Flight Briefing

We will always do a pre-flight briefing, but here are some general rules:

​1. In most cases, the photo plane will form up on the subject aircraft.  At that point,

you will have the lead.  Please set up an economy cruise power setting so that after

we join up, you will be able to go faster or slower as needed to maneuver on the

Photo Plane.

2. Once the Photo Plane has called “I have the lead”, it is then your responsibility to

maintain eye contact with the photo aircraft at all times.  If at any time you have to

look away from the photo aircraft, move out of formation before you break eye contact with the Photo Plane.

3. The basic secret of formation flying is: MATCH YOUR WINGS TO THE SAME BANK AS THE LEADER.  It sounds too simple, but if your wings are held at the same angle as the photo ship you will find it easy to stay with us.

4. Anticipate power changes.  Plan to use big power changes to keep in position.  Airplanes accelerate and decelerate SLOWLY.  Try to plan ahead with your power usage.  If you have an airplane with a constant speed propeller leave your rpm set at the top of the green range for quicker power response and more aerodynamic braking from the propeller when you need to slow down and reduce power.  You will be making constant power changes (and over a big range of power) to move to where we need you and maintain station in turns.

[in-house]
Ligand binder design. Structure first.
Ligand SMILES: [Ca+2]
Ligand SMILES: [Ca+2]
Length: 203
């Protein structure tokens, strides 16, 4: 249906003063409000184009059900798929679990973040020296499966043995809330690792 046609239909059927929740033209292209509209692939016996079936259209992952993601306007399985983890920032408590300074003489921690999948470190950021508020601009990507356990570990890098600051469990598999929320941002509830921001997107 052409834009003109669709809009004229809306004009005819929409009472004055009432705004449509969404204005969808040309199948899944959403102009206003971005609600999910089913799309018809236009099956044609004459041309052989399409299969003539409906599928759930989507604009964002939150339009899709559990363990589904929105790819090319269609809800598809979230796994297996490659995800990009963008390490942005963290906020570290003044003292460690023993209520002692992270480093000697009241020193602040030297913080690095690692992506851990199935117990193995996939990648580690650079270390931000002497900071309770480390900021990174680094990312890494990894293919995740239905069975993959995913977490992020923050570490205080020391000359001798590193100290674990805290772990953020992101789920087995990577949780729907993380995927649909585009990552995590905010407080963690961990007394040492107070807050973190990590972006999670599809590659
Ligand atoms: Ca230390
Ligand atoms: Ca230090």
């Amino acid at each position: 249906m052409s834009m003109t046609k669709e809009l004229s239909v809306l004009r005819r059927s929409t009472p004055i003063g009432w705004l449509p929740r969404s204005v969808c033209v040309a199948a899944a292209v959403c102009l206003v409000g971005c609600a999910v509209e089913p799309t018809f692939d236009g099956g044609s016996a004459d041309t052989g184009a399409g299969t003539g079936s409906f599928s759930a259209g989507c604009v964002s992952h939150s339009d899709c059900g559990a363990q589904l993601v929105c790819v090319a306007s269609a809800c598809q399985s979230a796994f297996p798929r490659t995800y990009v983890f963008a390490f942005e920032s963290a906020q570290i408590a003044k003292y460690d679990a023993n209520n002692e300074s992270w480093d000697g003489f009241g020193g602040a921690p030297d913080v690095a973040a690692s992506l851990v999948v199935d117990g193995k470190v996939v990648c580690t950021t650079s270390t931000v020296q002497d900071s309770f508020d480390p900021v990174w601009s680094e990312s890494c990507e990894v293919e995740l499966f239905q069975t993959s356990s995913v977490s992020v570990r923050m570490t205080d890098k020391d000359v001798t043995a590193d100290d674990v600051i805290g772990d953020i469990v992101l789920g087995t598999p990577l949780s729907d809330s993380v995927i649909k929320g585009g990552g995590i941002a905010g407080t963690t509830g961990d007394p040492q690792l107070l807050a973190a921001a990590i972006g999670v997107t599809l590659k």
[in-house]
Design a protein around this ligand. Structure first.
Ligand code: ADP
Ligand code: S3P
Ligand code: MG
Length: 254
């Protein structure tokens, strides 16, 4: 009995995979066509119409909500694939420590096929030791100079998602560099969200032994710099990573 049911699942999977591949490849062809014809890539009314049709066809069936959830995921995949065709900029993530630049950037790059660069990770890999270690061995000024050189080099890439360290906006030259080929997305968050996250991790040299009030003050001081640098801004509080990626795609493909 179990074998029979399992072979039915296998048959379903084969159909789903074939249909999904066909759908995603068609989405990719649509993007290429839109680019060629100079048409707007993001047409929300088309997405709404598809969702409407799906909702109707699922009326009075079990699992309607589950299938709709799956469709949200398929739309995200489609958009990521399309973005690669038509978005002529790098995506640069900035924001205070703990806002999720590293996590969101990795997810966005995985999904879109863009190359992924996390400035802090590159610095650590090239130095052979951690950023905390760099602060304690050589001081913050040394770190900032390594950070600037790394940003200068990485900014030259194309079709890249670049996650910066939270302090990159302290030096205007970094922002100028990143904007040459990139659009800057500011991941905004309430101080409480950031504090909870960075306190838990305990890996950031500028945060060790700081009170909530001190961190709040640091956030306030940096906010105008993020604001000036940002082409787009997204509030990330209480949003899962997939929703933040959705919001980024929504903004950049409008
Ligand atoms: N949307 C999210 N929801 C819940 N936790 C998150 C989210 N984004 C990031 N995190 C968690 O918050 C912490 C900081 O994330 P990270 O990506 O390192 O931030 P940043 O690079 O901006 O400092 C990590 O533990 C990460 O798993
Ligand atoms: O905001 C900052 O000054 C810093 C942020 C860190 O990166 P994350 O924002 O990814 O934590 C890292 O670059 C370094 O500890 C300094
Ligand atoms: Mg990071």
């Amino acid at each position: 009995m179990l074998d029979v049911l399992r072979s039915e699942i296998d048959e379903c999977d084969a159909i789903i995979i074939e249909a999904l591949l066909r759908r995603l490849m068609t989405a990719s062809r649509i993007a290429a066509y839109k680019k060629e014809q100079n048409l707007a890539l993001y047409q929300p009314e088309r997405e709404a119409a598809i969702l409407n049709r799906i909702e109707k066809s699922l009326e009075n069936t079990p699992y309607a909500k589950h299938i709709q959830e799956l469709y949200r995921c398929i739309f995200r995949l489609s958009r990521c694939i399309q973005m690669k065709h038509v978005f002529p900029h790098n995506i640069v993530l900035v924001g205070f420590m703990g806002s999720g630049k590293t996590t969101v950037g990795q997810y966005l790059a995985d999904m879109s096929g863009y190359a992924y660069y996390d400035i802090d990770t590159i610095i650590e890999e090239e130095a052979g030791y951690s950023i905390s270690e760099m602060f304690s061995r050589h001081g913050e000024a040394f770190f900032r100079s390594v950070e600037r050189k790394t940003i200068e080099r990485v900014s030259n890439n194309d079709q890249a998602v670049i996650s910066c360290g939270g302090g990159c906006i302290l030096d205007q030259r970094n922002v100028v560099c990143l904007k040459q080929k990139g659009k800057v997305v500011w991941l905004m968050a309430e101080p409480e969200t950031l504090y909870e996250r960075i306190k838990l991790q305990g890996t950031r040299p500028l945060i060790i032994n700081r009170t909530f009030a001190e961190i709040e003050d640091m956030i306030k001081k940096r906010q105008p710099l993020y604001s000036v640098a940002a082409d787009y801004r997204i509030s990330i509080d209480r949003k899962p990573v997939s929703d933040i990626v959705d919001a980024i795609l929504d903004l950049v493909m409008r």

5. Do everything slowly and in small increments.  We will start turns off very shallow and tighten them up as needed.  No rapid movements! 

6. It is important for the pilot flying the plane to be in direct radio contact with the photo plane.  We will be giving you instructions constantly.  They will be simple, and in feet... move forward 5 feet, move backward 5 feet, in 5 feet, out 5 feet, etc.  The photographer may also give you hand signals.

7. If you lose sight of the Photo Plane, move away from our known position slowly, and immediately advise us that you have lost sight.  We will establish the direction before flight.  Example, if you're on the right side of the photo plane, you will break to the right and down.  You can say, "Break It Off."  We will go up and to the left.  If either you or the Photo Plane says Break It Off, we do so immediately.

8. Make sure you have a clear view of the photographer.  What I see is what I get.  If you can't see me, I can't see your face.

9. You will be flying into the sun a lot.  That's how we get the best photos.  If you need a break from the sun, tell us.  If you need a break for any reason, tell us.  Most pilots I fly with are exhausted after a photo shoot.  Don't let it become too stressful.

10. Most important... Don't Touch Me!!  No photo is worth risking safety.  


1. Be sure your aircraft interior is neat, with no unattractive gear showing. Your hats, clothing, etc. will also be visible in some of the pictures, so dress appropriately.  If you have a bubble canopy, I recommend a black shirt to cut down reflections.

2. If you have a multi-place airplane feel free to take a passenger.  They can help with traffic scan and navigation letting you concentrate more on the formation flying.  If you have a passenger onboard, be sure they are looking at the photo plane when we are taking your picture. 

3. If you want to take pictures of the Photo Plane, wait for a time when we are not taking your picture.  (And keep your camera out of sight when we are shooting you.)

4. Wear clothing and hats that will look good in the pictures (in many of the shots the pilots will be seen in good detail).

5. Smile! It makes the pictures much better (you are having fun, remember).